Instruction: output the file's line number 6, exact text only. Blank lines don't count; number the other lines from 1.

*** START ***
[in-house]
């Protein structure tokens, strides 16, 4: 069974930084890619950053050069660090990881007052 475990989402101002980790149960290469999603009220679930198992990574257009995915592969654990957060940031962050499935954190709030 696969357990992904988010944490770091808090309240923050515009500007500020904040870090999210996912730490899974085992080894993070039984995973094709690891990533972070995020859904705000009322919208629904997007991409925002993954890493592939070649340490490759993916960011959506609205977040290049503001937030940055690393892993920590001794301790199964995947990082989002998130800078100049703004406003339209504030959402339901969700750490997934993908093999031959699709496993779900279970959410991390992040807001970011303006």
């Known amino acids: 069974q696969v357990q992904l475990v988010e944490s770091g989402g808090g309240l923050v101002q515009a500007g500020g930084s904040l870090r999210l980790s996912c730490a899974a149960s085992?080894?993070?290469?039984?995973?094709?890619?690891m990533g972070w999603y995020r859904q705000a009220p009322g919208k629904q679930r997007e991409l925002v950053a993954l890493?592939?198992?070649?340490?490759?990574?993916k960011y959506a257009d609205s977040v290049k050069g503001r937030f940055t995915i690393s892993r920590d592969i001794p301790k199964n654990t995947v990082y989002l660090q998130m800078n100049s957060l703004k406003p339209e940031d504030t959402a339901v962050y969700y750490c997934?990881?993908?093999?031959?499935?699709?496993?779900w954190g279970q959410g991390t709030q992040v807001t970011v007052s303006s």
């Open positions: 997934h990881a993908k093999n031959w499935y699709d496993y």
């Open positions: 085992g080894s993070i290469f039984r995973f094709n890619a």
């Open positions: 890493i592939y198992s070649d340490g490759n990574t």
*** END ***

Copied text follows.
């Open positions: 890493i592939y198992s070649d340490g490759n990574t």